The Bush administration's changes to a key provision of the Clean Air Act is illegal and will dramatically increase air pollution, threatening the health of millions of Americans, according to a lawsuit filed today by Earthjustice on behalf of a coalition of environmental and public health groups. The groups – American Lung Association, Communities for a Better Environment, Environmental Defense, NRDC (Natural Resources Defense Council) and the Sierra Club – charge that on New Year's Eve the Environmental Protection Agency adopted illegal changes weakening the Clean Air Act's "New Source Review" program. This program requires industrial facilities to install modern pollution controls when they upgrade or modify their equipment and significantly increase their emissions.
"This rule change enables facilities to continue poisoning America's skies by ducking long-overdue pollution controls," said Keri Powell of Earthjustice, one of the attorneys handling the case for the plaintiffs. "The American public should be outraged at the price they will pay in death, illness, and environmental destruction."
Fifteen states already have filed similar challenges to the new rule, and challenges by other environmental organizations are likely.
"The weakening changes adopted by the EPA will allow chemical companies, oil refineries and power plants to increase air pollution while claiming on paper they are not. Relaxing air pollution rules applicable to 18,000 industrial pollution sources defies basic principles of common sense and good government. The American people need real, enforceable reductions in air pollution," said John L. Kirkwood, president and CEO of the American Lung Association, which has long been the leading national public health organization involved in the fight for clean air.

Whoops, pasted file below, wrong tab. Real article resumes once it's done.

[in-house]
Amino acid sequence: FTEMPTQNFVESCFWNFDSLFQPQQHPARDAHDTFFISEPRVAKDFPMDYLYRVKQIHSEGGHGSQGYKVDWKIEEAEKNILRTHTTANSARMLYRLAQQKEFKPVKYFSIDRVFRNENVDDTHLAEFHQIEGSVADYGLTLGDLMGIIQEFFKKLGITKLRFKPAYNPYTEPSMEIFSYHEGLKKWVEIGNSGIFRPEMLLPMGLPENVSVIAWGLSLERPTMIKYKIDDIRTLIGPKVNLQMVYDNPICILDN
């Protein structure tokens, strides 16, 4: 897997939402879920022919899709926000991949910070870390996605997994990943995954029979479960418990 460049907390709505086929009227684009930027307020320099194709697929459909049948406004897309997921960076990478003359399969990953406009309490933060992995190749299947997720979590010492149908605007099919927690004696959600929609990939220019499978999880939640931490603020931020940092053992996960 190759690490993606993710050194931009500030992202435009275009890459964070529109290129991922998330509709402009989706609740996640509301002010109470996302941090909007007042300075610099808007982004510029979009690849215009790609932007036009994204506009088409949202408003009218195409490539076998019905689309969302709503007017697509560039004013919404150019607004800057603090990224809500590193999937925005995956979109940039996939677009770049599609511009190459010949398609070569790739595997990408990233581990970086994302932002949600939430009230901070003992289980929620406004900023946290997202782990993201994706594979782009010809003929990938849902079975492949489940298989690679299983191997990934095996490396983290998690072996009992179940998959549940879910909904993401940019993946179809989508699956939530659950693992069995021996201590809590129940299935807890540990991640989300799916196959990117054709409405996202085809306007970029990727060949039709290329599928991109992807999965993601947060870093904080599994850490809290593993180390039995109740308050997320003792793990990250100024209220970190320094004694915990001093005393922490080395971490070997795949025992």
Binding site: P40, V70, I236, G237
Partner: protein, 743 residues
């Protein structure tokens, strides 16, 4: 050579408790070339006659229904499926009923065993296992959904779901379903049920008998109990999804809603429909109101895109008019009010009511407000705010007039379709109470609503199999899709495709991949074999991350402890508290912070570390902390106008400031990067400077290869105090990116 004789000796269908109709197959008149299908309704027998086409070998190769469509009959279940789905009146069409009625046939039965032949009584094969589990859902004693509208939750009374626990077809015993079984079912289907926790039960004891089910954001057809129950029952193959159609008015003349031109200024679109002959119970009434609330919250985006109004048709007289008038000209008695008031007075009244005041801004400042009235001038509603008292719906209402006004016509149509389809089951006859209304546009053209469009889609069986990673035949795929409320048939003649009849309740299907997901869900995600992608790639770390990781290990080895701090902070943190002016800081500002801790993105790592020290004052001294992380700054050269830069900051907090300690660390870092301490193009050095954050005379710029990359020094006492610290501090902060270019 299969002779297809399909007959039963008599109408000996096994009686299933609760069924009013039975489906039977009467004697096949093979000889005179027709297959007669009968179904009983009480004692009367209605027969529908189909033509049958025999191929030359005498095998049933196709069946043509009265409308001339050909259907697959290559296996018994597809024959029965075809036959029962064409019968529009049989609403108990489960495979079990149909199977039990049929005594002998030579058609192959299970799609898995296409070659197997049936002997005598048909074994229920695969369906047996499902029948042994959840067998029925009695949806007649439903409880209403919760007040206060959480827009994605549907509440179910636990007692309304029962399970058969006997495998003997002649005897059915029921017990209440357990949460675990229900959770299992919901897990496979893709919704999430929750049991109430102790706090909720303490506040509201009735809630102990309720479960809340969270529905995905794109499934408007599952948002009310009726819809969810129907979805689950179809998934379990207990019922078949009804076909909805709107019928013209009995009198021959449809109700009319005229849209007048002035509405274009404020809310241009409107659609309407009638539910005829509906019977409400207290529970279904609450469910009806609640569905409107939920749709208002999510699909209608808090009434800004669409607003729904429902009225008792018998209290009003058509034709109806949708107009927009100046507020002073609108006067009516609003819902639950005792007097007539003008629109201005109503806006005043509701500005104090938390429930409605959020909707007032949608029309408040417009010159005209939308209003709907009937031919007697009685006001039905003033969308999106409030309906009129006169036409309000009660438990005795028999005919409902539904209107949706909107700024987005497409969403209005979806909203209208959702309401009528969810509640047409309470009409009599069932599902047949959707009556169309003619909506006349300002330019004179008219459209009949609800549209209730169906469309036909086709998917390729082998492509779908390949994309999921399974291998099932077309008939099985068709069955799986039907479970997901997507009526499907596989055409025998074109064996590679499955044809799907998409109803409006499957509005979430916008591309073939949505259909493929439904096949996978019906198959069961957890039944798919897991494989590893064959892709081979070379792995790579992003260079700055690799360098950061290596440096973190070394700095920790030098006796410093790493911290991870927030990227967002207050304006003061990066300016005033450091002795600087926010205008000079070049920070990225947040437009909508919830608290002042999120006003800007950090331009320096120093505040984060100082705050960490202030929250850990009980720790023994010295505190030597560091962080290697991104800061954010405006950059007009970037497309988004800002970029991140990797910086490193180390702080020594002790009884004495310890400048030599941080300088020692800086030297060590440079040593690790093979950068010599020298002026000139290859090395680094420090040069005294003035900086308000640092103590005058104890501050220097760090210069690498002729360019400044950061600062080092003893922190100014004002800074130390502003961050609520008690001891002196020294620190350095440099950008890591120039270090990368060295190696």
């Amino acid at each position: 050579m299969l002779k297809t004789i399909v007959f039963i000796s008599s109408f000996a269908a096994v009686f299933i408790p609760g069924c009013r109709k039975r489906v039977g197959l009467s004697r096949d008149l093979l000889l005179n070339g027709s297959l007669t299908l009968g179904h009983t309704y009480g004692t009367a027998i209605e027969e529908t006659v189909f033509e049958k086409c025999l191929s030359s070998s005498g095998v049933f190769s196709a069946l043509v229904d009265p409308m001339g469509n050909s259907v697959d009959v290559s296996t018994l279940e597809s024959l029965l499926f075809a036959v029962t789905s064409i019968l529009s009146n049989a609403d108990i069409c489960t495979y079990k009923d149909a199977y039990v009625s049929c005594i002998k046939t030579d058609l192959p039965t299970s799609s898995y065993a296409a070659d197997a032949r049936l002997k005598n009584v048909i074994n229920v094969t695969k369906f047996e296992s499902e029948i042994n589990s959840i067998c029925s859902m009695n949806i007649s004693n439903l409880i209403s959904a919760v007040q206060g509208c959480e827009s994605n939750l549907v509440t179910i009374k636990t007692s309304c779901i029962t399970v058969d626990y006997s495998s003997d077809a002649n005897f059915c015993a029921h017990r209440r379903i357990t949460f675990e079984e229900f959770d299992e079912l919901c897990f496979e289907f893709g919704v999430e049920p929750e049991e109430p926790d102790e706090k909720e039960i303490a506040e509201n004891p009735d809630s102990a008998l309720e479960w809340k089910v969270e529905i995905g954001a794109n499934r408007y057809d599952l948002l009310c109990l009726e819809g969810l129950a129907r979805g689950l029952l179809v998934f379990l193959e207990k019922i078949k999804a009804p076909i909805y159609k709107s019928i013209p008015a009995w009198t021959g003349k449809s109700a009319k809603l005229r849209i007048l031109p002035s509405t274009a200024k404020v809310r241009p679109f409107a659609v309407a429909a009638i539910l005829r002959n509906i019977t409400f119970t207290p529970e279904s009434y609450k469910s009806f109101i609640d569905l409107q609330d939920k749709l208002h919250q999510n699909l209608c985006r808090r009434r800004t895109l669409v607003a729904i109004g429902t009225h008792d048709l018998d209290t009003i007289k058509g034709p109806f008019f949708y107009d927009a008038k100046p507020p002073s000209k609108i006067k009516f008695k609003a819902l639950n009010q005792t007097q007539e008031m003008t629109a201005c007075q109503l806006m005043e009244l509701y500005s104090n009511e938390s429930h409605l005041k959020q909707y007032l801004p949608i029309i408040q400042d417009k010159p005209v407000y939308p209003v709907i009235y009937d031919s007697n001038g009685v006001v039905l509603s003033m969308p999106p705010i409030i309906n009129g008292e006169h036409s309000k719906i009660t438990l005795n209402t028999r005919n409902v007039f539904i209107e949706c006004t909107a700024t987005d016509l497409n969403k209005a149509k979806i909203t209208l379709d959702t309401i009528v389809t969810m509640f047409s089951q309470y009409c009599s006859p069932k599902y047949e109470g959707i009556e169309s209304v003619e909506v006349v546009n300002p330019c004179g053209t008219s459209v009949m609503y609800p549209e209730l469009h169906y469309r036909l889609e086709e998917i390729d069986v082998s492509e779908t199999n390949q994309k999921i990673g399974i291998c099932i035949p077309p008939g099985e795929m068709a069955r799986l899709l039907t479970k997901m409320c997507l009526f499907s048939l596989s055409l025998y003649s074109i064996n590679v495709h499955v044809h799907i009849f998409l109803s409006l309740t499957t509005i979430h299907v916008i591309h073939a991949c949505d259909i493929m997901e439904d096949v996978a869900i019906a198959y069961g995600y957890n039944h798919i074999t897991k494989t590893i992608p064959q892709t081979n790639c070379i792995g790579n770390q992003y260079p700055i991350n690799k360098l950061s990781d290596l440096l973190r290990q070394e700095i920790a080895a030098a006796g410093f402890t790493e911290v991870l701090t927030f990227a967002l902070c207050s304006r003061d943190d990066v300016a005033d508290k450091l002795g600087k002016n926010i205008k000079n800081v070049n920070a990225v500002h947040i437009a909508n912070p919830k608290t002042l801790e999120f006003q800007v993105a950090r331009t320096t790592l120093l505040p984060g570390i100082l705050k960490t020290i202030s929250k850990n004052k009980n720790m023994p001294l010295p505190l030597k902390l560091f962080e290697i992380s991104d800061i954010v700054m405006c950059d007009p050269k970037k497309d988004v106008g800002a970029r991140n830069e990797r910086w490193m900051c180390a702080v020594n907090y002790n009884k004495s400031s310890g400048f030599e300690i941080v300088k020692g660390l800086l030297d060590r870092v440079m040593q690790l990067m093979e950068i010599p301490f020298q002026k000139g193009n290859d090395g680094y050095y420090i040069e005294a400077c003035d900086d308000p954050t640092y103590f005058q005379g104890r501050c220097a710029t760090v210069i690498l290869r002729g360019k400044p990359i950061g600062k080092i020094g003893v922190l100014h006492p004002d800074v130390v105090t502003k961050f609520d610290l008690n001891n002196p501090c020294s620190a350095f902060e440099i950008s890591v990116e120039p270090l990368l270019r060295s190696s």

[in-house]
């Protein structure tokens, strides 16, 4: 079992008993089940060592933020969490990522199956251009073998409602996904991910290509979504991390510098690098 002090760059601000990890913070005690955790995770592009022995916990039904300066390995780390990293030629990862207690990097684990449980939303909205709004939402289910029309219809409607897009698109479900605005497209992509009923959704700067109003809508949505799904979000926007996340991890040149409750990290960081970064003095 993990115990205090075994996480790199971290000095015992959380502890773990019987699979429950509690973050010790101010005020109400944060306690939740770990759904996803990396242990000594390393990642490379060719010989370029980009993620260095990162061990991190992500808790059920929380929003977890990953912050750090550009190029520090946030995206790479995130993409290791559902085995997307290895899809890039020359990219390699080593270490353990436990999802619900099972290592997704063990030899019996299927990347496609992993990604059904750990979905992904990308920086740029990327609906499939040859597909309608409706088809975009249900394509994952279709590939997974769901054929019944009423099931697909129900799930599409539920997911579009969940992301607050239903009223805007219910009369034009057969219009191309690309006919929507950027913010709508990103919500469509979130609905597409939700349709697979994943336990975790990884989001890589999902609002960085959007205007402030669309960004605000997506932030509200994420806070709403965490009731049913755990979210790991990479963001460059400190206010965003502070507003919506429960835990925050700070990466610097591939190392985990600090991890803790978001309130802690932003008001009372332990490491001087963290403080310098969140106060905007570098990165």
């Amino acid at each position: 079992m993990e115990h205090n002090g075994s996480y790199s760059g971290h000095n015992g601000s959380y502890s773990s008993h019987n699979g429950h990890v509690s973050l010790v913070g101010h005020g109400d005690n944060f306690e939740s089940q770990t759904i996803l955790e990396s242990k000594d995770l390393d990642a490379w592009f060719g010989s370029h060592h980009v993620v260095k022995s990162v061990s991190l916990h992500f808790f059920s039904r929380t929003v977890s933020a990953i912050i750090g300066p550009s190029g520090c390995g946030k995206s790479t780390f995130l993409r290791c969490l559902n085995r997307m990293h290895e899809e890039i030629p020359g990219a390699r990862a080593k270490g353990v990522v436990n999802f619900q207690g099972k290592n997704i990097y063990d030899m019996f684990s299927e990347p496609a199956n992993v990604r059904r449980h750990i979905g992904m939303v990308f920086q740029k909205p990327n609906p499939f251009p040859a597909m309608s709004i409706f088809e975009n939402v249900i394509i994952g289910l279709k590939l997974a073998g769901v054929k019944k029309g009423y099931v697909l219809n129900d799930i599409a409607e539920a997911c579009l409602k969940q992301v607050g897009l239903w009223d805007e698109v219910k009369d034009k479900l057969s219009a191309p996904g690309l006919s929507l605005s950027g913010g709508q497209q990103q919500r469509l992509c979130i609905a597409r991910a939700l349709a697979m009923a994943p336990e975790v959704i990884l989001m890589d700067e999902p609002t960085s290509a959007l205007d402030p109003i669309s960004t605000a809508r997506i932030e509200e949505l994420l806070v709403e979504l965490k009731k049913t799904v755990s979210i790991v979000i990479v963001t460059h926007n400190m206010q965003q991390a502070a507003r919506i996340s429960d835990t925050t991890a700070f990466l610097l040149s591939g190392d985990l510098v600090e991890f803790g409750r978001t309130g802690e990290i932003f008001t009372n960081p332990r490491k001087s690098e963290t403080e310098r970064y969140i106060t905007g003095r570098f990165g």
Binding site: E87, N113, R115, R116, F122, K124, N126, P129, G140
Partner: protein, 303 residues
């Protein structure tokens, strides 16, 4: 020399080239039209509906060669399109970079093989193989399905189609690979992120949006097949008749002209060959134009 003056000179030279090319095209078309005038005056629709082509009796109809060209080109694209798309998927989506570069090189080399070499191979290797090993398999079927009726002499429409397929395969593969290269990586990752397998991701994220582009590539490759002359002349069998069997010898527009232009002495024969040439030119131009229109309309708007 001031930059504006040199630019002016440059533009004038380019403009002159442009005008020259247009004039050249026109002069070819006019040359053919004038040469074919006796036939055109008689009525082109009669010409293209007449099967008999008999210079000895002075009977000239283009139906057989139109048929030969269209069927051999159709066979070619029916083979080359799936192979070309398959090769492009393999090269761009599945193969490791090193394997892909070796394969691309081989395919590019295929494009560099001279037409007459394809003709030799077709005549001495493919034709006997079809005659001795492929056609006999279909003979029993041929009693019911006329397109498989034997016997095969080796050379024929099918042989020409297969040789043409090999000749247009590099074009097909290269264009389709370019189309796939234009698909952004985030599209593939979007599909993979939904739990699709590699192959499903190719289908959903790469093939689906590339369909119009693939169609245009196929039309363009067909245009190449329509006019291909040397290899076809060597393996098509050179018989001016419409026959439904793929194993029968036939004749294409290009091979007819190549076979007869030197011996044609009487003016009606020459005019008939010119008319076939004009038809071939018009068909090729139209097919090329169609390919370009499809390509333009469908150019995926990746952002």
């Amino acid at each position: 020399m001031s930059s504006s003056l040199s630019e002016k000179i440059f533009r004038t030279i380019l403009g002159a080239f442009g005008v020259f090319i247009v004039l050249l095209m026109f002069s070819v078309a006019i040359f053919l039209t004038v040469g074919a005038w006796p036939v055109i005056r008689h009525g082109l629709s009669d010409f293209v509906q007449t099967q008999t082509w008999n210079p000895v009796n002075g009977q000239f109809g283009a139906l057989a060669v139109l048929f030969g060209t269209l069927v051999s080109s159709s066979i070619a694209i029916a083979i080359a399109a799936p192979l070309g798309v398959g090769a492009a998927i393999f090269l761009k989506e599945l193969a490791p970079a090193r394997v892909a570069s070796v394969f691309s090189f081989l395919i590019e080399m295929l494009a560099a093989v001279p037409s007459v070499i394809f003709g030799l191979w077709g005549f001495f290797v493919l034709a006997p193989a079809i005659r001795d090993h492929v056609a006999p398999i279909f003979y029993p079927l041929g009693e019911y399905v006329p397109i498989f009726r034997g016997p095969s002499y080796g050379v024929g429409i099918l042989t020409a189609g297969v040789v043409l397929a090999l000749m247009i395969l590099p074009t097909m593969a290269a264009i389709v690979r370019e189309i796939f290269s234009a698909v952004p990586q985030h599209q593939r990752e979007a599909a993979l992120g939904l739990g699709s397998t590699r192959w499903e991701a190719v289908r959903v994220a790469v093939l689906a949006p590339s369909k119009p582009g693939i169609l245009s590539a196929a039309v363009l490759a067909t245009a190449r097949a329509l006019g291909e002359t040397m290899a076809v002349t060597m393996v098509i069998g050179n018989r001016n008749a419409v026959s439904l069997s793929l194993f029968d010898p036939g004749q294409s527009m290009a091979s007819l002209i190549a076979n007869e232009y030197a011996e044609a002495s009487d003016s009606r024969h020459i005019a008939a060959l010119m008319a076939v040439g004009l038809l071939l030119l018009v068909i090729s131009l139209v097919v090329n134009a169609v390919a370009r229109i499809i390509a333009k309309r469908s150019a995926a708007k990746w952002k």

"The Bush administration decided to allow corporate polluters to spew even more toxic chemicals into our air, regardless of the fact that it will harm millions of Americans," said John Walke, director of NRDC's Clean Air Program. "More than 30,000 Americans die every year from power plant air pollution alone, and weakening the standards will only make things worse."
New Source Review was established more than two decades ago to reduce pollution from coal-fired power plants, oil refineries, and other large facilities. The program requires companies to install modern pollution control technologies in new plants, and in old plants when they make significant emissions-increasing modifications. While facilities in operation at the time the rule was implemented were exempt from the new requirements under a "grandfathering" clause, policymakers assumed that either they would be eventually replaced by new, cleaner facilities or upgraded with modern-day pollution controls. But the rule was not enforced adequately, so many older facilities are still operating without proper emissions reduction technology. December's rule change made it even easier for facilities to avoid updating pollution controls by adopting new loopholes and pollution accounting gimmicks.
"The administration's weakening of the Clean Air Act is bad news for anyone who breathes," said Carl Pope, executive director of Sierra Club. "The Bush administration gave polluters the green light to ignore Americans' health and safety. President Bush should enforce the law and tell power plants, factories, and refineries to reduce their pollution so our communities are healthier places to raise families."